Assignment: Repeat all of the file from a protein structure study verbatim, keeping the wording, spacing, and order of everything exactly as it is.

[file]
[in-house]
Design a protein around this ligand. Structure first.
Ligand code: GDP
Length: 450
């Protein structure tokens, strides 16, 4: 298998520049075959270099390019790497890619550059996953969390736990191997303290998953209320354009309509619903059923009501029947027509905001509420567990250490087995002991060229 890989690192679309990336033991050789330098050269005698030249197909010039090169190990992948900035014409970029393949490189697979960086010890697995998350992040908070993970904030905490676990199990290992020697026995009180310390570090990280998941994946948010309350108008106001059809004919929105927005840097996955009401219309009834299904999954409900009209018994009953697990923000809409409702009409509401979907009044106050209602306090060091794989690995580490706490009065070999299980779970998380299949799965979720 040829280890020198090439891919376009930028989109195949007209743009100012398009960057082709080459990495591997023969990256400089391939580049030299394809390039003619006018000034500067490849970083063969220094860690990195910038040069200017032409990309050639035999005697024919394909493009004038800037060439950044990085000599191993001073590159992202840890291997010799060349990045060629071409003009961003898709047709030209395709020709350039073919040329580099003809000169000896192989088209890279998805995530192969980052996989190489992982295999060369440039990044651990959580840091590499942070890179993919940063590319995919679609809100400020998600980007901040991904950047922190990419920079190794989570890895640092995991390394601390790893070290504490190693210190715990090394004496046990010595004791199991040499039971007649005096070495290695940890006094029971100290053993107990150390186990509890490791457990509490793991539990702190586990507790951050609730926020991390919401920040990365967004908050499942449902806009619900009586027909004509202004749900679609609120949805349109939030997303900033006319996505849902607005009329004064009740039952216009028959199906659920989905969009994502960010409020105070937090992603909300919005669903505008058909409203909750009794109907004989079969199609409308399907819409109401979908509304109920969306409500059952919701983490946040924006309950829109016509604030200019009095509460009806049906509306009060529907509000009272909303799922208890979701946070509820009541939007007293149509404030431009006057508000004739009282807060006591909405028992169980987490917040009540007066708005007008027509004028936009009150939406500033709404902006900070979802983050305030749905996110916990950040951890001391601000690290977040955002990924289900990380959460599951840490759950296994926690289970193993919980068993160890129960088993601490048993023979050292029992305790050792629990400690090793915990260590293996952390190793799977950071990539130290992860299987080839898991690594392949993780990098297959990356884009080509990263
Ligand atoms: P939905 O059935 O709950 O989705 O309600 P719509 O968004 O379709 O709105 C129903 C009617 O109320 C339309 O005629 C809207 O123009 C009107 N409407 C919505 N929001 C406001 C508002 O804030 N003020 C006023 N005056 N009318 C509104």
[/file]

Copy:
[in-house]
Design a protein around this ligand. Structure first.
Ligand code: GDP
Length: 450
């Protein structure tokens, strides 16, 4: 298998520049075959270099390019790497890619550059996953969390736990191997303290998953209320354009309509619903059923009501029947027509905001509420567990250490087995002991060229 890989690192679309990336033991050789330098050269005698030249197909010039090169190990992948900035014409970029393949490189697979960086010890697995998350992040908070993970904030905490676990199990290992020697026995009180310390570090990280998941994946948010309350108008106001059809004919929105927005840097996955009401219309009834299904999954409900009209018994009953697990923000809409409702009409509401979907009044106050209602306090060091794989690995580490706490009065070999299980779970998380299949799965979720 040829280890020198090439891919376009930028989109195949007209743009100012398009960057082709080459990495591997023969990256400089391939580049030299394809390039003619006018000034500067490849970083063969220094860690990195910038040069200017032409990309050639035999005697024919394909493009004038800037060439950044990085000599191993001073590159992202840890291997010799060349990045060629071409003009961003898709047709030209395709020709350039073919040329580099003809000169000896192989088209890279998805995530192969980052996989190489992982295999060369440039990044651990959580840091590499942070890179993919940063590319995919679609809100400020998600980007901040991904950047922190990419920079190794989570890895640092995991390394601390790893070290504490190693210190715990090394004496046990010595004791199991040499039971007649005096070495290695940890006094029971100290053993107990150390186990509890490791457990509490793991539990702190586990507790951050609730926020991390919401920040990365967004908050499942449902806009619900009586027909004509202004749900679609609120949805349109939030997303900033006319996505849902607005009329004064009740039952216009028959199906659920989905969009994502960010409020105070937090992603909300919005669903505008058909409203909750009794109907004989079969199609409308399907819409109401979908509304109920969306409500059952919701983490946040924006309950829109016509604030200019009095509460009806049906509306009060529907509000009272909303799922208890979701946070509820009541939007007293149509404030431009006057508000004739009282807060006591909405028992169980987490917040009540007066708005007008027509004028936009009150939406500033709404902006900070979802983050305030749905996110916990950040951890001391601000690290977040955002990924289900990380959460599951840490759950296994926690289970193993919980068993160890129960088993601490048993023979050292029992305790050792629990400690090793915990260590293996952390190793799977950071990539130290992860299987080839898991690594392949993780990098297959990356884009080509990263
Ligand atoms: P939905 O059935 O709950 O989705 O309600 P719509 O968004 O379709 O709105 C129903 C009617 O109320 C339309 O005629 C809207 O123009 C009107 N409407 C919505 N929001 C406001 C508002 O804030 N003020 C006023 N005056 N009318 C509104």